The RNA-guided DNA endonuclease Cas9 is a powerful tool for genome editing. Little is known about the kinetics and fidelity of the double-strand break (DSB) repair process that follows a Cas9 cutting event in living cells. Here, we developed a strategy to measure the kinetics of DSB repair for single loci in human cells. Quantitative modeling of repaired DNA in time series after Cas9 activation reveals variable and often slow repair rates, with half-life times up to ∼10 hr. Furthermore, repair of the DSBs tends to be error prone. Both classical and microhomology-mediated end joining pathways contribute to the erroneous repair. Estimation of their individual rate constants indicates that the balance between these two pathways changes over time and can be altered by additional ionizing radiation. Our approach provides quantitative insights into DSB repair kinetics and fidelity in single loci and indicates that Cas9-induced DSBs are repaired in an unusual manner.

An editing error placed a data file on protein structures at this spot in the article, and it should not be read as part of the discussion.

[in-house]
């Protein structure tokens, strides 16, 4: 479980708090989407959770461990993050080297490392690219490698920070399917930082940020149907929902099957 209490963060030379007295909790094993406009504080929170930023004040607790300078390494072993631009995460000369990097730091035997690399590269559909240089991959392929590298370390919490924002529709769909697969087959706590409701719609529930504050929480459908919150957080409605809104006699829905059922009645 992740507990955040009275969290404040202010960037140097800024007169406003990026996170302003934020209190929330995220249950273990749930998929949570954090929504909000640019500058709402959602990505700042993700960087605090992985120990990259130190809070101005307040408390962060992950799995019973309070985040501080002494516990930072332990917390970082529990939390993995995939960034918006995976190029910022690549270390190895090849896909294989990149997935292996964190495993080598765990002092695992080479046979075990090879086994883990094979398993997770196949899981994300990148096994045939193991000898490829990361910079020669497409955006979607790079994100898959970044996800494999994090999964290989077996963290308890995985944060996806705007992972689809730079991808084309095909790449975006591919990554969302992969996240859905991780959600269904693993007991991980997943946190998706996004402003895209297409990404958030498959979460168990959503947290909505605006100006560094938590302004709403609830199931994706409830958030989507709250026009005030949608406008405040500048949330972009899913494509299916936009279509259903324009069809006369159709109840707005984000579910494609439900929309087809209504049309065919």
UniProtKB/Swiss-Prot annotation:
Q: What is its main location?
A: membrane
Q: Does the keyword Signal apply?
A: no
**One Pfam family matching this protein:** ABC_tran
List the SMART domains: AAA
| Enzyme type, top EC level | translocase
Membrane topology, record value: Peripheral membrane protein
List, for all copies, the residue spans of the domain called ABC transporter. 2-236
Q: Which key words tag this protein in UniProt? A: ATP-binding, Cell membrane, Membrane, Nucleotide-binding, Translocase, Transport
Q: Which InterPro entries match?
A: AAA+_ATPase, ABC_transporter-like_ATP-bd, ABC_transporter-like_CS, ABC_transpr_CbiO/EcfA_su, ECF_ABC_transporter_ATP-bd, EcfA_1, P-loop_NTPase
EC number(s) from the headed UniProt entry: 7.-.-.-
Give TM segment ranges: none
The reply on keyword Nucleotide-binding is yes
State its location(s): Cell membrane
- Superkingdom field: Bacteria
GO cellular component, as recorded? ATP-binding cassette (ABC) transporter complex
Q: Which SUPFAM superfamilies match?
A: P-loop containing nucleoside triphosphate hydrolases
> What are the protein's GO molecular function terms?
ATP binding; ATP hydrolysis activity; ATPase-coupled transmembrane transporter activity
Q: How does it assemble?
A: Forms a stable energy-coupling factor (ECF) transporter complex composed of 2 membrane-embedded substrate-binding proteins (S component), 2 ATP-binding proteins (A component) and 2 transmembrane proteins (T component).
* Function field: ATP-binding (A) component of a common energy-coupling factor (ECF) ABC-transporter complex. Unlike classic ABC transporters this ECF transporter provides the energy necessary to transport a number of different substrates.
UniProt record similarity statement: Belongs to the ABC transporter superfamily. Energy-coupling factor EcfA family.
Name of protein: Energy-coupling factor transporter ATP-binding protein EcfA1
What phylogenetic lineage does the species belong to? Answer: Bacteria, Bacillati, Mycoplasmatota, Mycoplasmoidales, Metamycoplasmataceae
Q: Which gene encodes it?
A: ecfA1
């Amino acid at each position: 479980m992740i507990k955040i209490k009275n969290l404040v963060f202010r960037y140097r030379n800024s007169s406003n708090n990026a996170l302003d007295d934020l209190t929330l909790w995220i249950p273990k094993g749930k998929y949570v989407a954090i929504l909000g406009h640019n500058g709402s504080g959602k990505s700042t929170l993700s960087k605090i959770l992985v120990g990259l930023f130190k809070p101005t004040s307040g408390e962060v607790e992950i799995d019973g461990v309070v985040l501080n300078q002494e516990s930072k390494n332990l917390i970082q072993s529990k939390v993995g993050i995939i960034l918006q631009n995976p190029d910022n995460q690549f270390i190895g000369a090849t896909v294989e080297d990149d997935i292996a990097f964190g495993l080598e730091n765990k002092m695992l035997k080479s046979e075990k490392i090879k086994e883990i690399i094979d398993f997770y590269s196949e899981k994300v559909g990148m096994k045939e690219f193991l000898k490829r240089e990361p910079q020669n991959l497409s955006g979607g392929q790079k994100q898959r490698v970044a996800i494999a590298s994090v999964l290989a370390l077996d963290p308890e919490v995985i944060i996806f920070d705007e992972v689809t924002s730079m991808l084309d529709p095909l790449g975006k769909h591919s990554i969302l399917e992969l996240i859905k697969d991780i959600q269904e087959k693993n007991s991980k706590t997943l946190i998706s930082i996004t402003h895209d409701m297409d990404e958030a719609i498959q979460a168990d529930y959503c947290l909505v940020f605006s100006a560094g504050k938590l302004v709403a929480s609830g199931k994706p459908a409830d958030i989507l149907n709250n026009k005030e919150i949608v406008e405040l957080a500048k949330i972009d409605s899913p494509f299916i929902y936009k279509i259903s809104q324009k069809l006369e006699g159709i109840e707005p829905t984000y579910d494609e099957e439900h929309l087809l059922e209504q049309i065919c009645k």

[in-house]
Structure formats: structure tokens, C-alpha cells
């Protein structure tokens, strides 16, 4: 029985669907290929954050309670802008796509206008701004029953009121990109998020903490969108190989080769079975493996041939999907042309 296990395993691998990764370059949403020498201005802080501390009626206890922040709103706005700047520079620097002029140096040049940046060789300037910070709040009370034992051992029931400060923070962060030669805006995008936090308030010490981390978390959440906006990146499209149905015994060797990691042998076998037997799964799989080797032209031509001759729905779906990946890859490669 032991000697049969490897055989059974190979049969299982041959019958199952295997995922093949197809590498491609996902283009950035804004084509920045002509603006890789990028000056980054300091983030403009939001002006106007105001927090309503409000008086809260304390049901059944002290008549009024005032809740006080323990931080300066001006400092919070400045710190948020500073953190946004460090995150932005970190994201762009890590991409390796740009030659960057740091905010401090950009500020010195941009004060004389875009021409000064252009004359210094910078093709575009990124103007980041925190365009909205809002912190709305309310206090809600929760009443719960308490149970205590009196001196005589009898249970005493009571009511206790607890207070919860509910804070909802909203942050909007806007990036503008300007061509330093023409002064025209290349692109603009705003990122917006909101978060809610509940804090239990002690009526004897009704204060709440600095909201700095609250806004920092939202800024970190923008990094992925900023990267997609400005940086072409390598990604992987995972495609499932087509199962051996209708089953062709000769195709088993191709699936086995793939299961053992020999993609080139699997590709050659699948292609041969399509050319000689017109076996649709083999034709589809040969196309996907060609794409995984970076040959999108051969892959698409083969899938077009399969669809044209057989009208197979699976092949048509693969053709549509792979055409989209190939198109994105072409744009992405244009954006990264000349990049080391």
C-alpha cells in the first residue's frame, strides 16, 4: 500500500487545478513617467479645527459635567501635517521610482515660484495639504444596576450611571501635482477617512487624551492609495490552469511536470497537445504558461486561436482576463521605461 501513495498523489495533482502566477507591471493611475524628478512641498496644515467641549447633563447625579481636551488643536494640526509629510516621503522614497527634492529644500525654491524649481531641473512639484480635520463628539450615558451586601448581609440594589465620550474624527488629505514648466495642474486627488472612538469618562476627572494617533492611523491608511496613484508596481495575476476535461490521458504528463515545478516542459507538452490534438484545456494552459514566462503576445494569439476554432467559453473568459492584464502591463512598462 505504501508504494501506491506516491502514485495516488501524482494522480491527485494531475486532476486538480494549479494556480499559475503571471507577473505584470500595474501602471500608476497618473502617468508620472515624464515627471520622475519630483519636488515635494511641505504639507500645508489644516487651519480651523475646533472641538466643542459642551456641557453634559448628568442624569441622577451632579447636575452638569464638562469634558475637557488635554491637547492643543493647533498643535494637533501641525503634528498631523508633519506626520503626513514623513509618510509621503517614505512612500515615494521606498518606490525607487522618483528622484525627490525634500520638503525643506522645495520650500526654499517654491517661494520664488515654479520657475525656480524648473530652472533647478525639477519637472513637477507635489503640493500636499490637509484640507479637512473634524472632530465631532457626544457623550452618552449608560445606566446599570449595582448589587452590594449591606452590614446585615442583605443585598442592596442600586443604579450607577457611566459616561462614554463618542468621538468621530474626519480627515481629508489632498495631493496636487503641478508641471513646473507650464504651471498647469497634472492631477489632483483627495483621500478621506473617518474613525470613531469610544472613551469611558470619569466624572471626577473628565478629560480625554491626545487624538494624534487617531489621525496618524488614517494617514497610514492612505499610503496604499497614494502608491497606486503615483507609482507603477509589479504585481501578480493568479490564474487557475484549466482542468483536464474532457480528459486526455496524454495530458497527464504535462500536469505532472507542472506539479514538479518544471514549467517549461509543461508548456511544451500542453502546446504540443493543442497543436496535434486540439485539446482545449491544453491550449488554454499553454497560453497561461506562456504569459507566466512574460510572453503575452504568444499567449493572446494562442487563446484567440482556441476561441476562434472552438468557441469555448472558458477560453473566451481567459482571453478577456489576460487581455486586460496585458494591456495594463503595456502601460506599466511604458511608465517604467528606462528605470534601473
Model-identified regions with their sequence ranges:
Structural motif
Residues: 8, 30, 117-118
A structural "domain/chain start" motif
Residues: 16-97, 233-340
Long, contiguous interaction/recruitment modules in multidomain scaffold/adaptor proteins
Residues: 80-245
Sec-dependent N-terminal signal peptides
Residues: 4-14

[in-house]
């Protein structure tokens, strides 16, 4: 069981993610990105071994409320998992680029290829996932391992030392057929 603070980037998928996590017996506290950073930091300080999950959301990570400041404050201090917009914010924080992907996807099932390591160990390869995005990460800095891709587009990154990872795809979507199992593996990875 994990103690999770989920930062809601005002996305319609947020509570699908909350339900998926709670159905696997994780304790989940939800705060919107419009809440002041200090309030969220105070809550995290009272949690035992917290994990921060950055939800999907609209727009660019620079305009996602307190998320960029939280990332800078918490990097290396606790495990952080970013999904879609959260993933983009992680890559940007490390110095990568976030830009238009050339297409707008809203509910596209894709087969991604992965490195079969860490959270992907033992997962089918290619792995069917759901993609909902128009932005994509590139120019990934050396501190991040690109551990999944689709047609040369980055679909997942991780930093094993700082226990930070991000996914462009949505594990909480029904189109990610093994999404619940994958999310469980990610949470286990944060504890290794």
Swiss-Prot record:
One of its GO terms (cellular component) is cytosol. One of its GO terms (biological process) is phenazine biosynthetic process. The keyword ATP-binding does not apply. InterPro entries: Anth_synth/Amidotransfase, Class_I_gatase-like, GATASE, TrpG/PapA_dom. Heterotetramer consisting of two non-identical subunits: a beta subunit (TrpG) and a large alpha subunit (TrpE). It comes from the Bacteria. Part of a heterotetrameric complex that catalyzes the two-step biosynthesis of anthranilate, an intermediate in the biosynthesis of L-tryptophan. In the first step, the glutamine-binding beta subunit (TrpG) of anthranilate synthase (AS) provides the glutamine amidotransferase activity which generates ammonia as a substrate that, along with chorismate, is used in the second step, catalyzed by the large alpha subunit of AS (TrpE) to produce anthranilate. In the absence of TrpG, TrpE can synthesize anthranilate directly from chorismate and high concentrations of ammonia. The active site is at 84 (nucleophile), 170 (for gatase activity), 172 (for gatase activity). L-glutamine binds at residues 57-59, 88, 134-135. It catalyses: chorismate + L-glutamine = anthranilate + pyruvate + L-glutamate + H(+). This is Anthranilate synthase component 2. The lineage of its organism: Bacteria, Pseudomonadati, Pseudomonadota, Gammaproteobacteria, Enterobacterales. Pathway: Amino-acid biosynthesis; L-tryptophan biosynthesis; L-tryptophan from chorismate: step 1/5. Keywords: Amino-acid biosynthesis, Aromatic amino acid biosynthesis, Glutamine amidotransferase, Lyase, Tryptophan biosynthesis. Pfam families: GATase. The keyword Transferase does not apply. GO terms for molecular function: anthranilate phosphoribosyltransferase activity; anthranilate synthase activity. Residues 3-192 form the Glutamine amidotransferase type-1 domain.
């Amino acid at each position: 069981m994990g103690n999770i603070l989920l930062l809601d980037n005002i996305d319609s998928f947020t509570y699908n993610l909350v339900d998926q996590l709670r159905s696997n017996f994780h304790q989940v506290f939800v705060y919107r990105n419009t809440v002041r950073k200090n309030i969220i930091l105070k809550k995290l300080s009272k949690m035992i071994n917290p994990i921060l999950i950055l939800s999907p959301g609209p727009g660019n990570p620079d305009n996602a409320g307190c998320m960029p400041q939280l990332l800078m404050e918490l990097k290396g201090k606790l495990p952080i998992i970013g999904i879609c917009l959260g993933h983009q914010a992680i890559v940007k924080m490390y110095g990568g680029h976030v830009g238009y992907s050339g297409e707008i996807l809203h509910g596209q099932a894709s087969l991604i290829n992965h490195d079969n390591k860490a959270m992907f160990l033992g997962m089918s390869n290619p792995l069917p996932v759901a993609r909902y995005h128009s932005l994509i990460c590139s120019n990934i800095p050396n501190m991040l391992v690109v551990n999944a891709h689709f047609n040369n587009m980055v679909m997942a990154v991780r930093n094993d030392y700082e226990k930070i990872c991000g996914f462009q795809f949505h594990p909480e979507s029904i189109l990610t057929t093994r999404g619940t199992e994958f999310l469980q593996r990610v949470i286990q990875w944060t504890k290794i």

Keywords: CRISPR-Cas; DNA double-strand break; genome editing; microhomology-mediated end-joining; non-homologous end-joining; repair kinetics.
Copyright © 2018 The Author(s). Published by Elsevier Inc. All rights reserved.